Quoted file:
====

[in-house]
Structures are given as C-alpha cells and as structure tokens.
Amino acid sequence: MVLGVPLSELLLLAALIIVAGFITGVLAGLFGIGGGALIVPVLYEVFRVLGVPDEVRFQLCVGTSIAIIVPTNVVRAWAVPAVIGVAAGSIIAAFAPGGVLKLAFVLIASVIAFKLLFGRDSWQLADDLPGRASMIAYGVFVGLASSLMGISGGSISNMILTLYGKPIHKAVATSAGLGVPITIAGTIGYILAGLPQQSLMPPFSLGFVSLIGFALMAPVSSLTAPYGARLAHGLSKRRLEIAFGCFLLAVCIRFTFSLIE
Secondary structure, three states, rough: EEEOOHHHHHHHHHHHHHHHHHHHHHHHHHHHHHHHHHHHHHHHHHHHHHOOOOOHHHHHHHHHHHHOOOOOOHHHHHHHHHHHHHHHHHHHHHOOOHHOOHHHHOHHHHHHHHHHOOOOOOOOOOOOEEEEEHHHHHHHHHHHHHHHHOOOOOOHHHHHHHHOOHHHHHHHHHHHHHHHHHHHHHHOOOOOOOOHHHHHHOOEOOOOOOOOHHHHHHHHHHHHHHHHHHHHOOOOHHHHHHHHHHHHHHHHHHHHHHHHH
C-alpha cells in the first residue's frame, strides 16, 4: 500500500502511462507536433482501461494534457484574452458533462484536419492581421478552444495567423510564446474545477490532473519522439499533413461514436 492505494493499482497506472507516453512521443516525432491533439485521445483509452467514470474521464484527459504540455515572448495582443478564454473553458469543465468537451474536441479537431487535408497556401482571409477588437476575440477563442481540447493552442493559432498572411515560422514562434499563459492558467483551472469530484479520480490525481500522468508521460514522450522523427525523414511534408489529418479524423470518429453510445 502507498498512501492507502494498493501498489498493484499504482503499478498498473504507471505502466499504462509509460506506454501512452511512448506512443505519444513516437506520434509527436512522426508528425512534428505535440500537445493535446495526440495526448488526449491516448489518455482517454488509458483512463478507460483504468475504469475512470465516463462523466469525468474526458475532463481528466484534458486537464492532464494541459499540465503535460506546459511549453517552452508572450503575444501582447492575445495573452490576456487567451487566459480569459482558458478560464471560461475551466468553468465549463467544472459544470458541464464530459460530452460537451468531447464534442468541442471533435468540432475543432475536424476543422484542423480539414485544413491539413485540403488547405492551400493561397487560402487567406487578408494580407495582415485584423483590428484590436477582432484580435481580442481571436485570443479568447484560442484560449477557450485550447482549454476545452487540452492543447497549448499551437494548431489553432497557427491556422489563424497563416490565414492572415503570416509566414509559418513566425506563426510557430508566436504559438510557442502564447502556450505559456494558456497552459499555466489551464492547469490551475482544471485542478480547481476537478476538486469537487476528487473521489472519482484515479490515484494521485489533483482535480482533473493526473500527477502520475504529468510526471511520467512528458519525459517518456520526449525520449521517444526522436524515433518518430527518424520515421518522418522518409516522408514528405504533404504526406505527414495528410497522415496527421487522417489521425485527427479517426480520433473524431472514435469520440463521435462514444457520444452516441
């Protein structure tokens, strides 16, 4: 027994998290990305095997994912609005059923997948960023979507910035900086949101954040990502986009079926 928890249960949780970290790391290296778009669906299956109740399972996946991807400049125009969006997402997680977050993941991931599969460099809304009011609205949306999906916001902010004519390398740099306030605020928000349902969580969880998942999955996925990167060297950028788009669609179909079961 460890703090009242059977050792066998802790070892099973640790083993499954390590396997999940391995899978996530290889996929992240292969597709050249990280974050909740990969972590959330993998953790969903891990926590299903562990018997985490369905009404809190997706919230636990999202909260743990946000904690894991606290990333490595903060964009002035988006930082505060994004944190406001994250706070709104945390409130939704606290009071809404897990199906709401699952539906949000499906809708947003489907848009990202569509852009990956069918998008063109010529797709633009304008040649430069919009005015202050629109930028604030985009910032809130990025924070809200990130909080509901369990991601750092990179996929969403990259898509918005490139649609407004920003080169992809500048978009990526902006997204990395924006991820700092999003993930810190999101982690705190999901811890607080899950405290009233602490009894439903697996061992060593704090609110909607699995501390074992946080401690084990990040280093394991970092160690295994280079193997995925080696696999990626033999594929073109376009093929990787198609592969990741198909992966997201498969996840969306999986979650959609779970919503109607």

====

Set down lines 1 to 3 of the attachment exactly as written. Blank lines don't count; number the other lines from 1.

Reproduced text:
[in-house]
Structures are given as C-alpha cells and as structure tokens.
Amino acid sequence: MVLGVPLSELLLLAALIIVAGFITGVLAGLFGIGGGALIVPVLYEVFRVLGVPDEVRFQLCVGTSIAIIVPTNVVRAWAVPAVIGVAAGSIIAAFAPGGVLKLAFVLIASVIAFKLLFGRDSWQLADDLPGRASMIAYGVFVGLASSLMGISGGSISNMILTLYGKPIHKAVATSAGLGVPITIAGTIGYILAGLPQQSLMPPFSLGFVSLIGFALMAPVSSLTAPYGARLAHGLSKRRLEIAFGCFLLAVCIRFTFSLIE